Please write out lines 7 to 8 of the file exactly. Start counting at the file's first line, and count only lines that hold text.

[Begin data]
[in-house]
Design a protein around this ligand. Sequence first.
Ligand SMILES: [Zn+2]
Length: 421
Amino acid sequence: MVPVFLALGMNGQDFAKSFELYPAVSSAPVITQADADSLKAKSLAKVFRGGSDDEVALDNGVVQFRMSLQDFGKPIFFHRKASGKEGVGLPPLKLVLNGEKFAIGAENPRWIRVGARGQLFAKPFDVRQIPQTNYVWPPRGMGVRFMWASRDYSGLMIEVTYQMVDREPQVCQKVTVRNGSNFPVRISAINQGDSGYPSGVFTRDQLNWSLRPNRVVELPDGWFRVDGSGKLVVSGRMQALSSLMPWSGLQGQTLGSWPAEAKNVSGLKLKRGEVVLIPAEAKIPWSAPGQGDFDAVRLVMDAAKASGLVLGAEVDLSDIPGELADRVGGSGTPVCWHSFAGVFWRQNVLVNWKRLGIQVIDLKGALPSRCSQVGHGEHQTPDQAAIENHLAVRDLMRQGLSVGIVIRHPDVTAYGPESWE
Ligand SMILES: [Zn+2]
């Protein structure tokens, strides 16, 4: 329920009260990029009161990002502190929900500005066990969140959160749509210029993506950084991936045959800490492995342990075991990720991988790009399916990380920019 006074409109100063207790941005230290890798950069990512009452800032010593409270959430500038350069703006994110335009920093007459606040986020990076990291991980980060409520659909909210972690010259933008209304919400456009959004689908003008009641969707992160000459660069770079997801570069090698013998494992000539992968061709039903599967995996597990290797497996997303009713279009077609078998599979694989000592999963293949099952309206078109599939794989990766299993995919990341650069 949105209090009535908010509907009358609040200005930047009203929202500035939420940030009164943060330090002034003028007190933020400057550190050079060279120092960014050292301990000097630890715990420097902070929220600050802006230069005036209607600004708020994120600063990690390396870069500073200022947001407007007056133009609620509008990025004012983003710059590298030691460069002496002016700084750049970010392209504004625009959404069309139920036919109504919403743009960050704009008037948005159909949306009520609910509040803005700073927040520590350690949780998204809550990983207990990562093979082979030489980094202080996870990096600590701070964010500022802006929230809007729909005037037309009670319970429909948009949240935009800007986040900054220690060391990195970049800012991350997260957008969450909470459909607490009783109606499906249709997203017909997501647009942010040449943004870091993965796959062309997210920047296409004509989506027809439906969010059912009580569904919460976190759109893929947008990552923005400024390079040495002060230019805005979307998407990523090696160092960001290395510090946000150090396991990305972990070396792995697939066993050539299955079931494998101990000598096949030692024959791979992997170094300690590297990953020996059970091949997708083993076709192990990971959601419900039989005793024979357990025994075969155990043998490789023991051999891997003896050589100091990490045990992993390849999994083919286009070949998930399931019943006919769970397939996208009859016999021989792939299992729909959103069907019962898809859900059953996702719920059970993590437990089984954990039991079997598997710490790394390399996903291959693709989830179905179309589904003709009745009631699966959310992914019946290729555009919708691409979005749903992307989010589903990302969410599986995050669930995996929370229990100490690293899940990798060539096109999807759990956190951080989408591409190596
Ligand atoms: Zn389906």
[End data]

């Protein structure tokens, strides 16, 4: 329920009260990029009161990002502190929900500005066990969140959160749509210029993506950084991936045959800490492995342990075991990720991988790009399916990380920019 006074409109100063207790941005230290890798950069990512009452800032010593409270959430500038350069703006994110335009920093007459606040986020990076990291991980980060409520659909909210972690010259933008209304919400456009959004689908003008009641969707992160000459660069770079997801570069090698013998494992000539992968061709039903599967995996597990290797497996997303009713279009077609078998599979694989000592999963293949099952309206078109599939794989990766299993995919990341650069 949105209090009535908010509907009358609040200005930047009203929202500035939420940030009164943060330090002034003028007190933020400057550190050079060279120092960014050292301990000097630890715990420097902070929220600050802006230069005036209607600004708020994120600063990690390396870069500073200022947001407007007056133009609620509008990025004012983003710059590298030691460069002496002016700084750049970010392209504004625009959404069309139920036919109504919403743009960050704009008037948005159909949306009520609910509040803005700073927040520590350690949780998204809550990983207990990562093979082979030489980094202080996870990096600590701070964010500022802006929230809007729909005037037309009670319970429909948009949240935009800007986040900054220690060391990195970049800012991350997260957008969450909470459909607490009783109606499906249709997203017909997501647009942010040449943004870091993965796959062309997210920047296409004509989506027809439906969010059912009580569904919460976190759109893929947008990552923005400024390079040495002060230019805005979307998407990523090696160092960001290395510090946000150090396991990305972990070396792995697939066993050539299955079931494998101990000598096949030692024959791979992997170094300690590297990953020996059970091949997708083993076709192990990971959601419900039989005793024979357990025994075969155990043998490789023991051999891997003896050589100091990490045990992993390849999994083919286009070949998930399931019943006919769970397939996208009859016999021989792939299992729909959103069907019962898809859900059953996702719920059970993590437990089984954990039991079997598997710490790394390399996903291959693709989830179905179309589904003709009745009631699966959310992914019946290729555009919708691409979005749903992307989010589903990302969410599986995050669930995996929370229990100490690293899940990798060539096109999807759990956190951080989408591409190596
Ligand atoms: Zn389906």